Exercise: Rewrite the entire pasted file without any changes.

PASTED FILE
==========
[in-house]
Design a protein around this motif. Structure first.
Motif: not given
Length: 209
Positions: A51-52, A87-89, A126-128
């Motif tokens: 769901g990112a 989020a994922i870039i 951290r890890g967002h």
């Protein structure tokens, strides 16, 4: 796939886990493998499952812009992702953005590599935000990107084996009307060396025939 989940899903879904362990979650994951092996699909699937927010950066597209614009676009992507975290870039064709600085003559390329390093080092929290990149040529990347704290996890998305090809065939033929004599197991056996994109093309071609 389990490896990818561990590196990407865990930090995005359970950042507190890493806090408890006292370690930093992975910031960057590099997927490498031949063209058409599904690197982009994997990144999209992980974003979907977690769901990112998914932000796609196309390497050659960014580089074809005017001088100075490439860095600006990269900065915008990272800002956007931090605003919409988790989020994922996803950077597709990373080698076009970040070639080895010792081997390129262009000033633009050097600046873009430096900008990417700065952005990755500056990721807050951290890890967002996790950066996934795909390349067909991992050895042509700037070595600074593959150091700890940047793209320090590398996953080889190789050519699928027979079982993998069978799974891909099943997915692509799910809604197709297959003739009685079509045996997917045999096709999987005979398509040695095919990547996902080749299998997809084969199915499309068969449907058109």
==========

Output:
[in-house]
Design a protein around this motif. Structure first.
Motif: not given
Length: 209
Positions: A51-52, A87-89, A126-128
């Motif tokens: 769901g990112a 989020a994922i870039i 951290r890890g967002h």
């Protein structure tokens, strides 16, 4: 796939886990493998499952812009992702953005590599935000990107084996009307060396025939 989940899903879904362990979650994951092996699909699937927010950066597209614009676009992507975290870039064709600085003559390329390093080092929290990149040529990347704290996890998305090809065939033929004599197991056996994109093309071609 389990490896990818561990590196990407865990930090995005359970950042507190890493806090408890006292370690930093992975910031960057590099997927490498031949063209058409599904690197982009994997990144999209992980974003979907977690769901990112998914932000796609196309390497050659960014580089074809005017001088100075490439860095600006990269900065915008990272800002956007931090605003919409988790989020994922996803950077597709990373080698076009970040070639080895010792081997390129262009000033633009050097600046873009430096900008990417700065952005990755500056990721807050951290890890967002996790950066996934795909390349067909991992050895042509700037070595600074593959150091700890940047793209320090590398996953080889190789050519699928027979079982993998069978799974891909099943997915692509799910809604197709297959003739009685079509045996997917045999096709999987005979398509040695095919990547996902080749299998997809084969199915499309068969449907058109």